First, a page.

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Market Update

Berkshire Starts Out 2012 on More Solid Footing

Year-over-year results were strong for Berkshire, but the firm's insurance operations fell short of expectations given market softness.

See our complete coverage of the 2012 Berkshire Hathaway annual meeting.

Ahead of its annual meeting this weekend,  Berkshire Hathaway (BRK.A) (BRK.B) released results for the first quarter of 2012 that were much stronger than the results the firm reported in the year-ago period.

For those that may not recall, Berkshire's insurance operations were negatively affected during the first quarter of 2011, with the firm booking an underwriting loss in excess of $800 million following a cornucopia of natural disasters: massive flooding in Australia (compounded by Cyclone Yasi), an earthquake in New Zealand, and an even bigger earthquake and tsunami in Japan. According to Warren Buffett, the first quarter of 2011 was the second-highest period of losses for the reinsurance industry (with Berkshire Hathaway Reinsurance Group booking a $1.4 billion loss, and General Re recording a $300 million loss)--trailing only the third quarter of 2005, which included a number of large hurricanes, including Katrina. Although underwriting profitability was on much better footing in 2011, it remains below historical norms (which was a bit disappointing, in our view, given the milder winter and almost complete lack of catastrophe losses during the quarter). Even so, strong overall results from Burlington Northern Santa Fe, Marmon, and McLane, as well as the inclusion of Lubrizol's results in this year's first quarter, combined to drive a 67% increase in operating earnings during the quarter. 

Berkshire also benefited from higher gains on its derivatives portfolio year over year. As a result, net earnings attributable to Berkshire during the fourth quarter of 2011 were $3.2 billion (up 115% from $1.5 billion during the first quarter of 2011). The company's book value per Class A share was $106,588 at the end of the first quarter, a 10% gain year over year and a 7% increase from the fourth quarter of 2011.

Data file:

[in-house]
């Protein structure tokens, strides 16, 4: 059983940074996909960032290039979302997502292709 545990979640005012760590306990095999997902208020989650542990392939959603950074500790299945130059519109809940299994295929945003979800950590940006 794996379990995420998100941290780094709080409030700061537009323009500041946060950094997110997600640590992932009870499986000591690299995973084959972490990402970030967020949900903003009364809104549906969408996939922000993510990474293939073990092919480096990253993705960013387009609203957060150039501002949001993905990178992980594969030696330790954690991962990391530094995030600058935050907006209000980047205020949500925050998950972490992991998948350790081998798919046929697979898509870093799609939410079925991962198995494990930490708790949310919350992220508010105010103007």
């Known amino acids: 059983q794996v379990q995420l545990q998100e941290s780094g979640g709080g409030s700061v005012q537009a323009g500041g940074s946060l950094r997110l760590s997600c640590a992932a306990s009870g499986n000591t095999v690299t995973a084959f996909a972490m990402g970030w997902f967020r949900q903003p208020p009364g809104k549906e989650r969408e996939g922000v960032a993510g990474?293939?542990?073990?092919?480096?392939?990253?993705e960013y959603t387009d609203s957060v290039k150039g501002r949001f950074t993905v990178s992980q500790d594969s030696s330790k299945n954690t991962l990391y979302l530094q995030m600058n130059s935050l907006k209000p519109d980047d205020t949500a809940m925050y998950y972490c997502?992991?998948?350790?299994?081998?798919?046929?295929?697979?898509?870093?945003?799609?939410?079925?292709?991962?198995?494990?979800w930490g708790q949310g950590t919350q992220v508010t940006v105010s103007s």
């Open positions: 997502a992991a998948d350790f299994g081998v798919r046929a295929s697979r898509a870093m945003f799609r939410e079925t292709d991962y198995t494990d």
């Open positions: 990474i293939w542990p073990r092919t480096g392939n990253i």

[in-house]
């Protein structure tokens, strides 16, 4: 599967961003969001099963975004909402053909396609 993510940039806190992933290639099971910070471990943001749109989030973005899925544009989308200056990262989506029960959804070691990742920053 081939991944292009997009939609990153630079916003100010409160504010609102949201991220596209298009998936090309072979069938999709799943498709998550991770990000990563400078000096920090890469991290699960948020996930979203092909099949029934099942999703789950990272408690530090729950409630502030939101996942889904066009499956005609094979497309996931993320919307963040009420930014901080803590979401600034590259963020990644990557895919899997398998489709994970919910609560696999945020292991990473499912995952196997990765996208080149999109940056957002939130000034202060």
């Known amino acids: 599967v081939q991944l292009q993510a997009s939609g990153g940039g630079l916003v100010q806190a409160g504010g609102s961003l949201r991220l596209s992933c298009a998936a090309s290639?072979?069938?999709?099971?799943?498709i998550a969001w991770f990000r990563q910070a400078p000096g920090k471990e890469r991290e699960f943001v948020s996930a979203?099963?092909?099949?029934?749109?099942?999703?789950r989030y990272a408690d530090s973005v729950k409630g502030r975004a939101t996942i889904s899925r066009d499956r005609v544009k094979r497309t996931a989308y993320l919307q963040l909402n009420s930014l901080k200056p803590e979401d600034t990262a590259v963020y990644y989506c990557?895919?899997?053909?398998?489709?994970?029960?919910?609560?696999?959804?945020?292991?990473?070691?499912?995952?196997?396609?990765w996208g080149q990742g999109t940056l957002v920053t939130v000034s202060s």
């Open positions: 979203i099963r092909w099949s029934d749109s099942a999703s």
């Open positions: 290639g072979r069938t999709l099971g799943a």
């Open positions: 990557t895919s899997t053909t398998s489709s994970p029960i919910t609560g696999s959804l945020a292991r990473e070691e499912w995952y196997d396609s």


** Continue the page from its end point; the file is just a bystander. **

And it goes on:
Results improved significantly in Berkshire's insurance operations during the first quarter, but they were still short of what we were expecting. Premium growth continues to be muted, given the softness of the market. The earned premium growth the company generated was almost completely attributable to GEICO, where premiums were up 9%, driven mostly by policy growth. Berkshire's competitors in the insurance industry have become increasingly bullish on insurance pricing, with many reporting low- to mid-single-digit price increases, which have boosted premium levels. Berkshire does not seem to be joining this growth to the same extent, as evidenced by its non-GEICO premium levels. We will be interested to hear Warren Buffett's commentary on the pricing market during the annual meeting this weekend.

On the bottom line, aggregate underwriting profits were slightly lower than we had expected, having believed we'd see more robust results given the mild winter and almost complete lack of catastrophe losses during the quarter. Underwriting profits were lower at GEICO, despite higher premium levels, but this was because of a change in accounting practices (with the firm needing to expense more of its advertising costs upfront rather than defer them as it has done in the past). The company also posted a loss at Berkshire Hathaway Reinsurance Group, though it was of a much smaller magnitude than last year's. Investment income also continues to be pressured. With many of the lucrative investments that were made during the financial crisis being put back to Berkshire, the firm is having to reinvest in much lower-yielding investments. We believe this will have an impact as more of the company's book is rolled into new, lower-yielding securities--especially if the interest-rate environment remains depressed.